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Representative Steve Sheldon: State’s budget will dominate 30-day session, but legislators preparing to address other issues

When we convene the 2021 session on Tuesday, January 5, it will mark the 20th annual session since Kentucky voters amended the state’s 1891 constitution in 2000. Because 2021 is an odd-numbered year, we will meet for only 30 legislative days and must adjourn by March 30. Without a doubt, the budget is the most important policy document that we will pass this year. After all, one glance at someone’s checkbook will tell you more about their priorities than anything they say. I fundamentally believe that state spending should reflect our commitment to responsibly investing tax dollars into programs that benefit the people of Kentucky. 

The Kentucky General Assembly is constitutionally obligated to pass a budget and the work must begin in the House of Representatives. Ordinarily the budget covers two fiscal years, but it would have been irresponsible to adopt a two year plan when we had no idea what COVID would do to our state’s resources or needs. The plan we craft this session will guide state spending from July 1, 2021 until June 31, 2022. As you can imagine, it is a challenge to pass a budget in a 60-day legislative session, but even more difficult when you have half the time and a very limited idea what revenue will look like.

I want the people of Kentucky to work less for state government and more for themselves. This philosophy is at the heart of the budget we passed in 2018 and the results are measurable. We came into 2020 with historically low unemployment rates, record economic investment, and on track to shatter revenue records in March and April. Frankly, the foundation we laid is a major part of the reason our state has not experienced greater economic problems through this pandemic. Of course, another factor is the massive infusion of federal CARES and stimulus funds shepherded through by our congressional delegation and President.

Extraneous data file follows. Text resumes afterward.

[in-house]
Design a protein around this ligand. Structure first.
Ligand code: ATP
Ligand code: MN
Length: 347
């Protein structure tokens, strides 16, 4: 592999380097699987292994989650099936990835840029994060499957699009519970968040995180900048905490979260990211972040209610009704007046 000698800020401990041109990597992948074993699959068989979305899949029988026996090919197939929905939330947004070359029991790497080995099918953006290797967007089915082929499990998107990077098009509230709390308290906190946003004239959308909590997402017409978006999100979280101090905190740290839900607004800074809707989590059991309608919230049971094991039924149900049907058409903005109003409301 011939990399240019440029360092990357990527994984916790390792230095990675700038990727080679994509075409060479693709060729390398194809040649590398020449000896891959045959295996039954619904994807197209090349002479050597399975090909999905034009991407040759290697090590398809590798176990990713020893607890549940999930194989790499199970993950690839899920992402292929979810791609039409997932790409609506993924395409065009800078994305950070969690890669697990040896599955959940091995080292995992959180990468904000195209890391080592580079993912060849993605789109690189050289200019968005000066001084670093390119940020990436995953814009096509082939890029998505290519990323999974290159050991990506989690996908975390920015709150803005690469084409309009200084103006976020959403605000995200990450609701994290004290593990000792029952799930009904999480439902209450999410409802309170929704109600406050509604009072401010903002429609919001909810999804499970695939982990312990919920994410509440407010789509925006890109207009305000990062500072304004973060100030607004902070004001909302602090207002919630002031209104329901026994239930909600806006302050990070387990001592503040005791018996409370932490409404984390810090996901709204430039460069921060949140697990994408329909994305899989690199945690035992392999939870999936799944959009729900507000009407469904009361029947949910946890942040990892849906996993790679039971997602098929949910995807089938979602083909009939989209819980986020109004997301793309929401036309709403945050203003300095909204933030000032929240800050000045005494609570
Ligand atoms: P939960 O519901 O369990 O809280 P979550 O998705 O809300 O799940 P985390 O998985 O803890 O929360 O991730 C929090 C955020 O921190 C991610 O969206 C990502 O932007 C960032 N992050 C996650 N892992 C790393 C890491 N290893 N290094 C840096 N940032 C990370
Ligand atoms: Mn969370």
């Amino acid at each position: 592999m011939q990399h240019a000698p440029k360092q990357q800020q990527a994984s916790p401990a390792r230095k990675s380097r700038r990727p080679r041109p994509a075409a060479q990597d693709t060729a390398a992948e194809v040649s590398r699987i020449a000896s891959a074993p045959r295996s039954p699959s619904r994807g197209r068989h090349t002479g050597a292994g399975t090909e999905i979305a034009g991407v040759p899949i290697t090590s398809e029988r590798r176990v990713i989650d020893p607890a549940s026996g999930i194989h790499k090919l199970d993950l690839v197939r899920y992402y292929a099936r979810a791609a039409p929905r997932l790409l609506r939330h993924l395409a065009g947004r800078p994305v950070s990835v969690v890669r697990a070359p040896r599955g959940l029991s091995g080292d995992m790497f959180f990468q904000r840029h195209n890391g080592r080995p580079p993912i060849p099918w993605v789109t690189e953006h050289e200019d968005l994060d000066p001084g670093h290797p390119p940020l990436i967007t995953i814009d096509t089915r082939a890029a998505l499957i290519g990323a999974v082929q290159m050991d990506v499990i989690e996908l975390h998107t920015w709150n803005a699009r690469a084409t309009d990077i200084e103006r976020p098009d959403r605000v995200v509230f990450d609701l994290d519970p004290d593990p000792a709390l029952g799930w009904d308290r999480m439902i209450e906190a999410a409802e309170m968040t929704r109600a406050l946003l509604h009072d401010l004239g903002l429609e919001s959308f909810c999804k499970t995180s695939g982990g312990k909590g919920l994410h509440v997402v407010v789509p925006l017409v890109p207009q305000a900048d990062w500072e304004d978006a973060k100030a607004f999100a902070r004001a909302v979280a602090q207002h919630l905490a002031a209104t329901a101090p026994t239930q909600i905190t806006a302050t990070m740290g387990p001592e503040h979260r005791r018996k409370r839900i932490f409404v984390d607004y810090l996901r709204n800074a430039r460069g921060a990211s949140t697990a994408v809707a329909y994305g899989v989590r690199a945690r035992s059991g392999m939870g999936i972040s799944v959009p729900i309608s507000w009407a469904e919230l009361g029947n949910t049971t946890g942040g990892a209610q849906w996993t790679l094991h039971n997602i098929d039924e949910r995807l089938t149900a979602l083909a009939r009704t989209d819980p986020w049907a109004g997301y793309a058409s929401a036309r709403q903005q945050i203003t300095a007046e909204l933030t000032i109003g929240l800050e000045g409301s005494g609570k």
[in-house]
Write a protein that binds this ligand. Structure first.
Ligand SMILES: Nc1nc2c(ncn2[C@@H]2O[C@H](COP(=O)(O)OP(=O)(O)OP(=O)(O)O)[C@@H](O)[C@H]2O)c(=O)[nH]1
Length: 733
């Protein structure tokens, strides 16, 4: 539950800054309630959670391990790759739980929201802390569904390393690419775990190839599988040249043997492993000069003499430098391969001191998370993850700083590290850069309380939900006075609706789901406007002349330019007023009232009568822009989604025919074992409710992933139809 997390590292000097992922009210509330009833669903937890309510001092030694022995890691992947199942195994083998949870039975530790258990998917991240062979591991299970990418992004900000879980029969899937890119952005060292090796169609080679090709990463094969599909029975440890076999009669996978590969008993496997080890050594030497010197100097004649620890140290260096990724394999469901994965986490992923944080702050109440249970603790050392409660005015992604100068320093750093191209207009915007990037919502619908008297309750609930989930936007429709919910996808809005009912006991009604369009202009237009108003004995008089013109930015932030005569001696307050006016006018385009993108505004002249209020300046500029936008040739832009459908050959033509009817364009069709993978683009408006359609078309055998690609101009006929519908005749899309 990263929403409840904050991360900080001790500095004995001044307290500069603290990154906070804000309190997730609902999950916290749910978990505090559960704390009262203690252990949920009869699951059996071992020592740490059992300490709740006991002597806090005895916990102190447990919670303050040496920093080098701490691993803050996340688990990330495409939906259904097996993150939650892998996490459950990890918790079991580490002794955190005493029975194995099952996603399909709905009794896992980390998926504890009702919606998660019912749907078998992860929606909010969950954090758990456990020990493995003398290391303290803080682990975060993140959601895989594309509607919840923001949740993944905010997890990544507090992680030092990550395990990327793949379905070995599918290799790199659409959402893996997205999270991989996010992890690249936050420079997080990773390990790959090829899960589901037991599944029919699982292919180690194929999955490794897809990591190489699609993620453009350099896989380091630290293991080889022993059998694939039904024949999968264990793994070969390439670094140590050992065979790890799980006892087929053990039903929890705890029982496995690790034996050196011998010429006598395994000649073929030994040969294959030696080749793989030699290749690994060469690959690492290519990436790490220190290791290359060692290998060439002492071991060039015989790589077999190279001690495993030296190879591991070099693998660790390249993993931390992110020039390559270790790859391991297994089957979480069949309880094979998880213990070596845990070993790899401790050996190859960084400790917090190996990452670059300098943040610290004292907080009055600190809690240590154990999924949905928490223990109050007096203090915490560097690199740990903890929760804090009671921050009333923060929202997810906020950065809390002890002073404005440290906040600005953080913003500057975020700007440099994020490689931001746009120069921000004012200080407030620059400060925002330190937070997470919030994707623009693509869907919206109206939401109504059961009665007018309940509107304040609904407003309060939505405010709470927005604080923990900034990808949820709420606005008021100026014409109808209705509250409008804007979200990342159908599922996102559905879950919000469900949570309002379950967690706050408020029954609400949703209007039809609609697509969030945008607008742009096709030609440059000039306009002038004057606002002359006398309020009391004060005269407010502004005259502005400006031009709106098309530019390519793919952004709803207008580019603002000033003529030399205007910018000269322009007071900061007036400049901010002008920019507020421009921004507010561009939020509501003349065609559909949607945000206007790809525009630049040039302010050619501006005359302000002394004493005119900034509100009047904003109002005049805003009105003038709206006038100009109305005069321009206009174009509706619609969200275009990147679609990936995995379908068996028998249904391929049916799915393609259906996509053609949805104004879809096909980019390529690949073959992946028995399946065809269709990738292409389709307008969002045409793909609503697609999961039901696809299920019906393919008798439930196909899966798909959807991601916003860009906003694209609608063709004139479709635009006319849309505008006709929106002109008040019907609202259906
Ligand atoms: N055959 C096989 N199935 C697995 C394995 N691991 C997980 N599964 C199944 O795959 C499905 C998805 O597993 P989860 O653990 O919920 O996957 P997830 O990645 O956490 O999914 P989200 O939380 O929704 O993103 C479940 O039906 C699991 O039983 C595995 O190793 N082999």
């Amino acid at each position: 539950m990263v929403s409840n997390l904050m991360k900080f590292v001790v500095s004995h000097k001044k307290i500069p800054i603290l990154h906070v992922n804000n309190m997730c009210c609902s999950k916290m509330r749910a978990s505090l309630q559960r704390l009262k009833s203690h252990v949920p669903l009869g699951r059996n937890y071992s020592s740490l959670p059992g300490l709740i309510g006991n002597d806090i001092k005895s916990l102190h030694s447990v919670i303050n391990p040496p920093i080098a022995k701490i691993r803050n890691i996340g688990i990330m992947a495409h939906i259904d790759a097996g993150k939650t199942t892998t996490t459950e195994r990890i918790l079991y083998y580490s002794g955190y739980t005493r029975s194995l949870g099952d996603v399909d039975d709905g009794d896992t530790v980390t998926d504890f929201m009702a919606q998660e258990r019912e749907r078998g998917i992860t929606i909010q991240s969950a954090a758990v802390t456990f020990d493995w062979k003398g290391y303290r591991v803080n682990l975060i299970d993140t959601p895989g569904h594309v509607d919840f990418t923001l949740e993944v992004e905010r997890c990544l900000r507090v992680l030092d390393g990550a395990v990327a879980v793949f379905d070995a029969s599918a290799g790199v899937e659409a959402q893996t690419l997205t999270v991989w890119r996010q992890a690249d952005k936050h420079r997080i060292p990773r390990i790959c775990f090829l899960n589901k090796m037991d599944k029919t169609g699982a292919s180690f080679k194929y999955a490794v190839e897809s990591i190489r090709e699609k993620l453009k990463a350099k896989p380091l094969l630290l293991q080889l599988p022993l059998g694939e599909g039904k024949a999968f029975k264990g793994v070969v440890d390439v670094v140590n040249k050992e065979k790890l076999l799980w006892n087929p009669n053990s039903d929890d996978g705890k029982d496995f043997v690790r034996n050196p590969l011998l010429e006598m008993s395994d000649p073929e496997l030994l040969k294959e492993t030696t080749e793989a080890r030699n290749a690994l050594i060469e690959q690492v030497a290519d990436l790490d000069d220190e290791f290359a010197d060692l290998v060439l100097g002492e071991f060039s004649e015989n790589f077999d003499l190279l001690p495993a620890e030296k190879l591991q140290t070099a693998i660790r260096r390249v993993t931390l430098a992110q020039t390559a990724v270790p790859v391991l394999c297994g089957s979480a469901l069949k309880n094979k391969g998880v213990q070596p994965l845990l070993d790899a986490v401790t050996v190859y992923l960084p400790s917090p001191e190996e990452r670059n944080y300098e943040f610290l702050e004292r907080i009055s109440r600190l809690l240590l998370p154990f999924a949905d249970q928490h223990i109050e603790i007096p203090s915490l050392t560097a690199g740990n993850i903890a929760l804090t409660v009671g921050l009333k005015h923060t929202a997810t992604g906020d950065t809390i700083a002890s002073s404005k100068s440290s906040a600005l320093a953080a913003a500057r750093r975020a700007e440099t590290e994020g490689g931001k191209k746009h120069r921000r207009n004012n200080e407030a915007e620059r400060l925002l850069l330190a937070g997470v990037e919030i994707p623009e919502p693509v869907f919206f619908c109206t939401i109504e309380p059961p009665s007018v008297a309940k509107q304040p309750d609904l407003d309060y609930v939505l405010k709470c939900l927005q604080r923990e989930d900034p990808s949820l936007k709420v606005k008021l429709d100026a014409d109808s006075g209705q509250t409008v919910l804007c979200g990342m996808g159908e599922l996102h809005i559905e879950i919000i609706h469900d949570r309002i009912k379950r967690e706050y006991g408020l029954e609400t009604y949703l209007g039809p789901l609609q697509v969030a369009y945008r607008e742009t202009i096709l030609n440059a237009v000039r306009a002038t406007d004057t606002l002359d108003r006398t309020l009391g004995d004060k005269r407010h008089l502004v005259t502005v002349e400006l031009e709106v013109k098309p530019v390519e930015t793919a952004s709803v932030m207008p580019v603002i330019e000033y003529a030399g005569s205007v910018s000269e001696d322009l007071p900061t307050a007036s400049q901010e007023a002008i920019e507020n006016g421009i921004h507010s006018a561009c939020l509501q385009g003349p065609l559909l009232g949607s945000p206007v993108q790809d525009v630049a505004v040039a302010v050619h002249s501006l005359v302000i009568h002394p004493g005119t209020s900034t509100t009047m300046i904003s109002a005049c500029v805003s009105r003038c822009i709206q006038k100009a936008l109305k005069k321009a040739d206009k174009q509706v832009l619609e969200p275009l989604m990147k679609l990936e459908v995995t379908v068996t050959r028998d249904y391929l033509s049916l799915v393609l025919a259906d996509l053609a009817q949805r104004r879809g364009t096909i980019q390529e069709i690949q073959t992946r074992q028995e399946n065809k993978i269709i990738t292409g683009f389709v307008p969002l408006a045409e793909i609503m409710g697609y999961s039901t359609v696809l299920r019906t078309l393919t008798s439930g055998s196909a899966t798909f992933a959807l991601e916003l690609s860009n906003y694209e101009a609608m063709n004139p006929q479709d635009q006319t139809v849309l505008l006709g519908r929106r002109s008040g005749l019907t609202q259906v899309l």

The economists who serve on the Consensus Forecasting Group met in early December and gave lawmakers with an update of what the future might hold over the next 18 months. Their forecast provided some positive news as they believe that the state’s General Fund receipts will increase $17 million to $11.729 billion for the current fiscal year. They also estimate an increase of $53 million for the 2022 fiscal year, which covers the budget we will pass this session. While this is good news, I cannot stress enough that this is only an estimate and it is based on a lot of variables. Consensus Forecasting Group members were quick to add that their predictions are not definite.

In addition to passing a one-year budget, we will likely have to reopen the current year’s budget to prioritize spending in some areas. We did this to the last budget before adjourning the 2020 Session and doing so allowed us to finish the last fiscal year with a $177.5 million surplus. In addition, we required any surplus money to go into the state’s rainy-day fund – which now has a balance of around $461 million.

That does not mean we will not make time for other issues – including how we can help our state recover from the pandemic and the state’s response to it. This Caucus continues to be committed to making this state the best place to live and work. The pandemic may have forced us to shift focus for now, but we are still committed to our long-term mission.

If you have not already, I hope you will take a few moments to complete my legislative questionnaire, available online at Please understand that I am not endorsing any of these proposals. Instead, the questions are based on pre-filed bills and other proposals floating around. By sharing your opinions on these issues, you will help me better represent you.




As always, it is an honor and a privilege to serve you in Frankfort and I hope you will never hesitate to contact me if I can be of service. I can be reached at home anytime or through the toll-free message line in Frankfort at 1-800-372-7181. You can also contact me via e-mail at and keep track of committee meetings and potential legislation through the Kentucky Legislature’s Home Page at


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